12-18. Piypite #2.

Quite a complex architecture to build a tiny mineral glass blade!

From a resource by V. Kahlenberg, A. Piotrowski, and G. Giester.




12-17. Piypite #1.

This is what it takes for nature to create a mineral grass blade!

Piypate is a very unusual mineral that grows in tiny green crystal blades bunch. It was first found in 1982 in the confine of Russia by the sea of Bering, very close to China and Japan. Some Piypite has also been found near Napoli, Italy, since. It’s named after Boris Ivanovich Piyp, vulcanologist, and past director of the Russian Far Eastern Institute of Volcanology.

This tetragonal-pyramidal mineral contains copper, oxygen, potassium, and sulfur. I mention its chemical composition because last week, green atoms (CI-Chlorine) were prevalent in the Vanadinite crystal and gave us a warm, red mineral. This week red atoms (O- Oxygen) create a green crystal. Nature has a way to handle color that we still have a lot to learn from!



12-16. Vanadinite #7.

A green (CI) Chlorine molecule at the center of the vanadinite very dynamic symmetry!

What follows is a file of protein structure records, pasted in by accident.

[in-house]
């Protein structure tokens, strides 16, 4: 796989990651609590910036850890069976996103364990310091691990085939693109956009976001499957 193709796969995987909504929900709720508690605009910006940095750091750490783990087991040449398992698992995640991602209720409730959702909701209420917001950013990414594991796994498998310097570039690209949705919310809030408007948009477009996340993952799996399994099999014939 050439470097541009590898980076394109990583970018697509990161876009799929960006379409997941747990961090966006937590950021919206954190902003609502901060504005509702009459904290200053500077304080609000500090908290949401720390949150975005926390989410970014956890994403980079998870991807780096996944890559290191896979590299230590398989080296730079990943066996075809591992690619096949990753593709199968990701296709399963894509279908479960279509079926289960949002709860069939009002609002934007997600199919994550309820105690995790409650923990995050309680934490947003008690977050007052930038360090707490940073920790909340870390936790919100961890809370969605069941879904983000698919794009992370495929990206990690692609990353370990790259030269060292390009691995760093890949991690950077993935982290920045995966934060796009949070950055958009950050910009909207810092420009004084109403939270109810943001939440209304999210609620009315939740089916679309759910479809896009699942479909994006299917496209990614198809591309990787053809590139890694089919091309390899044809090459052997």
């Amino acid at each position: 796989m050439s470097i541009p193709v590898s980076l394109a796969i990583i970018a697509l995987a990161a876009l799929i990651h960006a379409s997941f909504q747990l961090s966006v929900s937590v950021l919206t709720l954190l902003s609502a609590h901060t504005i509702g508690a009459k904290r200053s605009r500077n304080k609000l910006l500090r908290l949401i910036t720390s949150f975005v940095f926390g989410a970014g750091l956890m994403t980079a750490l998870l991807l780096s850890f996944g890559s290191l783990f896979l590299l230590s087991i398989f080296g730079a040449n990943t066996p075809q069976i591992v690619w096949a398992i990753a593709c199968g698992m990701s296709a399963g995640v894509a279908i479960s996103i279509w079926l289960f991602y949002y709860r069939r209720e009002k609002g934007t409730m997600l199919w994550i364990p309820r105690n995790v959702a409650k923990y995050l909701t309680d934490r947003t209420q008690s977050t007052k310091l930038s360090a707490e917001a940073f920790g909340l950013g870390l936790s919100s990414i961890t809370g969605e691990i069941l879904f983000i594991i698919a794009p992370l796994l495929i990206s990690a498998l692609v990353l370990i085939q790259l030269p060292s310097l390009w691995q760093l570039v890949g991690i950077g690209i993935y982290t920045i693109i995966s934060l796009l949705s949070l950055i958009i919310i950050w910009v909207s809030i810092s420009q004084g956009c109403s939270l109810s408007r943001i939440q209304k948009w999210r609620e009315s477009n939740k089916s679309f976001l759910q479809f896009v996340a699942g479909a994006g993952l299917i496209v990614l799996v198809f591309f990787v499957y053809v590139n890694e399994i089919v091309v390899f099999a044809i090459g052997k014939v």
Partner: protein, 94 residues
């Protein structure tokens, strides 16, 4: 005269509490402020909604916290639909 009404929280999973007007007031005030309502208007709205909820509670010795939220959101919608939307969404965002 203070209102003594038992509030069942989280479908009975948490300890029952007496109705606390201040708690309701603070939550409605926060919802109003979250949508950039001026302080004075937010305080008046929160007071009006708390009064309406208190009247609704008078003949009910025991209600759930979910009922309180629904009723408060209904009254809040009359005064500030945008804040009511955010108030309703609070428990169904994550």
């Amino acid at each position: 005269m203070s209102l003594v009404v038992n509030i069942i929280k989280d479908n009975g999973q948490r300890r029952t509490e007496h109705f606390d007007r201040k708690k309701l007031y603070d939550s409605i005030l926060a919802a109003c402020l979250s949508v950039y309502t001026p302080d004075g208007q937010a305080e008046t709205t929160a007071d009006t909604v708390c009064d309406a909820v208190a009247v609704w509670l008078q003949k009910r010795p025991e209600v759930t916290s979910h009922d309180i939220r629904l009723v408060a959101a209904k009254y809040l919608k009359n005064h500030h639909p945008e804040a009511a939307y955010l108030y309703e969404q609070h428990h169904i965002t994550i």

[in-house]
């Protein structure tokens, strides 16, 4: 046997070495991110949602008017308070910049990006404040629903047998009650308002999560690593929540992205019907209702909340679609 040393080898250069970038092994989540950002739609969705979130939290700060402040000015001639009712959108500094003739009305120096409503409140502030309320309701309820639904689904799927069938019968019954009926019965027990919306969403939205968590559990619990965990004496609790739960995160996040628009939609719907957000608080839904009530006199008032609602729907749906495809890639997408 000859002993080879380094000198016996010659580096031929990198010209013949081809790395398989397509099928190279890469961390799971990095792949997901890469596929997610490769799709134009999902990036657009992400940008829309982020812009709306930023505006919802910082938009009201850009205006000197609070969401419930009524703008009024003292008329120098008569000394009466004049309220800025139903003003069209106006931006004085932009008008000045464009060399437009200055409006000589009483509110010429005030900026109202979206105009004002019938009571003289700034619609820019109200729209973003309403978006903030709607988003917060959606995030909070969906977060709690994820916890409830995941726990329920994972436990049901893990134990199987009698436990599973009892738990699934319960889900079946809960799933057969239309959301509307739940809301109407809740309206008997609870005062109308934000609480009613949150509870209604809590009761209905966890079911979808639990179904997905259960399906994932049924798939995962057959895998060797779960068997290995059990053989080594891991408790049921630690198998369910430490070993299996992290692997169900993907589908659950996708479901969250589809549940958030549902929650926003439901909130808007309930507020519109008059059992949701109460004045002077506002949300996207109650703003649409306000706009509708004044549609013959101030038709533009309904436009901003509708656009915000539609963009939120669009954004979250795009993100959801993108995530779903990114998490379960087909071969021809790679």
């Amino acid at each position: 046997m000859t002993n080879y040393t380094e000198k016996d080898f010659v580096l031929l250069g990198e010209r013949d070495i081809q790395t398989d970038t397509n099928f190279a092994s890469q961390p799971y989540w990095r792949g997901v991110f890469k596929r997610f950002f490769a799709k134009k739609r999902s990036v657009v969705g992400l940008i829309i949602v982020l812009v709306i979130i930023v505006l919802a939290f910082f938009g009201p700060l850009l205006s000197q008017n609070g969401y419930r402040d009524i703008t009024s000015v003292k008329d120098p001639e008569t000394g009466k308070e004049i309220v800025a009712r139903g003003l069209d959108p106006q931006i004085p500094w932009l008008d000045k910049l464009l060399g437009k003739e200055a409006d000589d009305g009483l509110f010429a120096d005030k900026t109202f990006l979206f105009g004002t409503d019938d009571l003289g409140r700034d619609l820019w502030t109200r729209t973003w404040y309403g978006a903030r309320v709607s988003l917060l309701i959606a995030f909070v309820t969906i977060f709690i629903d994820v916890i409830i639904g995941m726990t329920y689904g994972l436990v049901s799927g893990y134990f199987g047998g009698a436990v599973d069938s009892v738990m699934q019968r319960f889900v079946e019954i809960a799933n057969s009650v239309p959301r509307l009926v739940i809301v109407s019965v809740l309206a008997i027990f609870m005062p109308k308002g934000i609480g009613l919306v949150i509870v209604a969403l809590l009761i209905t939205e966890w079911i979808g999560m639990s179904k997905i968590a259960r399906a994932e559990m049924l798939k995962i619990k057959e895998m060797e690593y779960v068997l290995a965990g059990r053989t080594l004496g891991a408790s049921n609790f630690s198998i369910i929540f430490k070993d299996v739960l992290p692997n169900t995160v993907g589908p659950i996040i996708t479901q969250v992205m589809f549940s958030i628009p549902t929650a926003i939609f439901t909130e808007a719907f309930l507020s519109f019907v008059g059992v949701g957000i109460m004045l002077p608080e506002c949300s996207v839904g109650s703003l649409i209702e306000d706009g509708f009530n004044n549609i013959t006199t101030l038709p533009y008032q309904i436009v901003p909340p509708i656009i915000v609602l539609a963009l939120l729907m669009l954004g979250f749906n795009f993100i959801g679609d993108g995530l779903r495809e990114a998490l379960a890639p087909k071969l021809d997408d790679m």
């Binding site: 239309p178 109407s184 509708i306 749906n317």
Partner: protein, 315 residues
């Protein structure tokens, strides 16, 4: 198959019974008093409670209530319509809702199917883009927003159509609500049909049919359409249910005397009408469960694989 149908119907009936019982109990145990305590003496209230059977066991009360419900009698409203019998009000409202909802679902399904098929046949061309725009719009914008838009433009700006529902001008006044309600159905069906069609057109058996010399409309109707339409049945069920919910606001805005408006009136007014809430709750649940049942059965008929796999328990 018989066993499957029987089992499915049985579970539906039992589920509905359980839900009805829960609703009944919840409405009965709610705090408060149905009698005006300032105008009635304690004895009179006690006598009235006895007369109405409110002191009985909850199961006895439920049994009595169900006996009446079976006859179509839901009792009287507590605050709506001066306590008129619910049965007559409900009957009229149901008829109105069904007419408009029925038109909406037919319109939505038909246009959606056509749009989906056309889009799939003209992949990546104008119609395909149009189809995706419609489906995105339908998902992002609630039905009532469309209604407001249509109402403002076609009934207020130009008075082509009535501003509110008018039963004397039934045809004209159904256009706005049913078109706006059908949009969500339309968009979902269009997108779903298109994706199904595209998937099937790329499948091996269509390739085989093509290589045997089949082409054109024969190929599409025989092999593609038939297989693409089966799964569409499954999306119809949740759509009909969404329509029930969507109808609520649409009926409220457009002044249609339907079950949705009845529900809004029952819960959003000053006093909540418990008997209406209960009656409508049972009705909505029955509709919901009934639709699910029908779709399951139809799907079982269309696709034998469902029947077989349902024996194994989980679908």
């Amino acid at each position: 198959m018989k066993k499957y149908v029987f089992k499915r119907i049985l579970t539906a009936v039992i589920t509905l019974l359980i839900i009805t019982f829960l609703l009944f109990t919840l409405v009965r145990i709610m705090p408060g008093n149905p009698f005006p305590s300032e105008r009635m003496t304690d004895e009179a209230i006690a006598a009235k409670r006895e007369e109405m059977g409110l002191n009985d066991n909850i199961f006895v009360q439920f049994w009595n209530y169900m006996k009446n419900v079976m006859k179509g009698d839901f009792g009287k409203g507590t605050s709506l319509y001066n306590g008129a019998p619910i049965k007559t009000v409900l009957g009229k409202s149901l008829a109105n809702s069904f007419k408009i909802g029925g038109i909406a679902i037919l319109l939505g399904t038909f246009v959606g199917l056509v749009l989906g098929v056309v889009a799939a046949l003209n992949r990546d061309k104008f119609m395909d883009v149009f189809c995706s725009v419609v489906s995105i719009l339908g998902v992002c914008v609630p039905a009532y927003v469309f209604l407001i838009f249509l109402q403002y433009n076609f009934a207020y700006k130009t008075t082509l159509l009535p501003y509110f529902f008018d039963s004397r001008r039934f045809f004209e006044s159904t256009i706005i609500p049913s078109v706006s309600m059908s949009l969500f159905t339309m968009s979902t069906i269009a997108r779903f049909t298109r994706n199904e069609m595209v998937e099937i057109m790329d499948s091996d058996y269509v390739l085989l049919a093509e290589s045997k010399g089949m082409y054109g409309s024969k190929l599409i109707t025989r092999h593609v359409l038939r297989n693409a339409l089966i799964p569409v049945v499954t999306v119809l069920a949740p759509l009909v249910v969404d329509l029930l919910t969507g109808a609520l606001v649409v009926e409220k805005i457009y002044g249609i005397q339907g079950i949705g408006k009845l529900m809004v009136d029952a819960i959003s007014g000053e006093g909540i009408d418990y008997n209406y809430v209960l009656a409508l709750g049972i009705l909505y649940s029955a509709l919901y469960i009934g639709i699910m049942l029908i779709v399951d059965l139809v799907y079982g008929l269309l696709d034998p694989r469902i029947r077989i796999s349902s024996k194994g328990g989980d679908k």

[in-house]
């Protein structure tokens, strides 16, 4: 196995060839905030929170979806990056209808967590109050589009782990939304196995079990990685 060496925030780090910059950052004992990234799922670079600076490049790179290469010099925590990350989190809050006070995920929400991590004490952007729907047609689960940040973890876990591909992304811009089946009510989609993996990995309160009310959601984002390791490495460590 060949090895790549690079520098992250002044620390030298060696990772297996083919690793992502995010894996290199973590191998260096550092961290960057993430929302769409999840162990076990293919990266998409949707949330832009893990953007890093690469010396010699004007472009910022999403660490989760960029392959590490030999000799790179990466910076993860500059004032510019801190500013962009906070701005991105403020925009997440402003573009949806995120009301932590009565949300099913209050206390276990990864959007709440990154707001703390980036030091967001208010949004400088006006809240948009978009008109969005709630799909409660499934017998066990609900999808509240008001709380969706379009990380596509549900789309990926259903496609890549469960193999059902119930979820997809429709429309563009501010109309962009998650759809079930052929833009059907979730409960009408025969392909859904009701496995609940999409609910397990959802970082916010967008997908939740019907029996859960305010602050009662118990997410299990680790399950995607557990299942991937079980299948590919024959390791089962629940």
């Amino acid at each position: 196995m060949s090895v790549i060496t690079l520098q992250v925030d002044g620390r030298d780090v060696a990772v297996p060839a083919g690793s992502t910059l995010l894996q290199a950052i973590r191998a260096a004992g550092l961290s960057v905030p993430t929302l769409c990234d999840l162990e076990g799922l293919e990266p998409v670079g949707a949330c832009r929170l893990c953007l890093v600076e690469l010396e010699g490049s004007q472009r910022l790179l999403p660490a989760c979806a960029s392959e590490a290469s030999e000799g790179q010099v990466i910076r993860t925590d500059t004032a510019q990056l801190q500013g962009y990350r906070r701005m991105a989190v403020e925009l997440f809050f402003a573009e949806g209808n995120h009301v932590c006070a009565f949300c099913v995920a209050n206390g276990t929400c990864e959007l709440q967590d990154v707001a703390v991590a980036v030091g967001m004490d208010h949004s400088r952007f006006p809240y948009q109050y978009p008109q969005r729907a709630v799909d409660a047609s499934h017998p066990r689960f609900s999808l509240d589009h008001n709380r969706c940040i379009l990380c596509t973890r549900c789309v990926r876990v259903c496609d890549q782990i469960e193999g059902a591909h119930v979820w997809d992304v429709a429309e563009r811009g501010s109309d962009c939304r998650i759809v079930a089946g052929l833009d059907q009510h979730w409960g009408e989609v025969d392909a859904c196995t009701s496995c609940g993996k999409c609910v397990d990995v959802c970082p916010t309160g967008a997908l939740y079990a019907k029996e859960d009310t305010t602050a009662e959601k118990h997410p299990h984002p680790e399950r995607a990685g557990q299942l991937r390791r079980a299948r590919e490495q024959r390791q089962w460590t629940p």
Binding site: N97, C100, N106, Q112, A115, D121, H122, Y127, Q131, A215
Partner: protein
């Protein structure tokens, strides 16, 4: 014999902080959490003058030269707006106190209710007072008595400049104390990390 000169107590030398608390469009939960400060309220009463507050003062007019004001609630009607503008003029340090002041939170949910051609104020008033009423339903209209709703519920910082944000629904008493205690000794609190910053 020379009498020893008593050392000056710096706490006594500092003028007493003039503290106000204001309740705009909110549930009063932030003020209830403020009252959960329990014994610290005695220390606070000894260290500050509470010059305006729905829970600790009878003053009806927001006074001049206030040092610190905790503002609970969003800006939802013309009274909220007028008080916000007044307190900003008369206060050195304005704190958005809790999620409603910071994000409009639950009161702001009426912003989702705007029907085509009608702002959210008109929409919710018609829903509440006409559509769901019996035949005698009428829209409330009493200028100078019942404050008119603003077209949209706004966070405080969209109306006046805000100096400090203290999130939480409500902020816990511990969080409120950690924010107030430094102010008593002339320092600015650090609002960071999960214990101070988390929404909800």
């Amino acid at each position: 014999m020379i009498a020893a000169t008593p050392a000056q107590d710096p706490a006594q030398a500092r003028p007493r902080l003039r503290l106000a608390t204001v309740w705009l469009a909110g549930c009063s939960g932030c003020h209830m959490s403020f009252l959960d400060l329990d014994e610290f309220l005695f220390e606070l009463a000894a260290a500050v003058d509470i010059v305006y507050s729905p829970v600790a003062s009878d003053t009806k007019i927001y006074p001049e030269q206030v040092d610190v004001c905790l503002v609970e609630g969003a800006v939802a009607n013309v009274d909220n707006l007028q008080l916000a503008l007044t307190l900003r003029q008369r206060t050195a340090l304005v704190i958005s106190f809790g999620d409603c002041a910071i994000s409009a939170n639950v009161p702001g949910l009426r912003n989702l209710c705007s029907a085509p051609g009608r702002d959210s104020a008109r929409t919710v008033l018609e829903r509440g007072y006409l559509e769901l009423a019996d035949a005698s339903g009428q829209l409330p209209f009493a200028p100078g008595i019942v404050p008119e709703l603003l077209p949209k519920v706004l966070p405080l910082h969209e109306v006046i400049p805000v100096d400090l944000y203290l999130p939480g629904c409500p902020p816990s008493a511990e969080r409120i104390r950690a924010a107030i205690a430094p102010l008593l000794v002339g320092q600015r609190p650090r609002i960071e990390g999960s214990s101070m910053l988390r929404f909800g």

How does that mineral come in such warm and pleasant red-ochre? Colorist need to go back to the drawing board!

From a resource by H. Okudera



12-14. Vanadinite #5.

Tiling may seem like a very abstract challenge for some. Nature knows different. This is a front view of a Vanadinite crystal unit cell. A stable and sturdy prismatic hexagonal shell is all that was needed to contain this busy pack of unruly atoms.

It makes for quite an uncommon and beautiful mineral too!

From a resource by S. Hendricks, M. Jefferson, and V. Mosley.



12-13. Vanadinite #4.

A very playful & Christmassy crystal of Vanadinite. Unit structure, atoms, even the Van der Waal force curtain between atoms in on! Bold maybe, but nature knows best!

From a resource by Y. Dai and J. Hughes.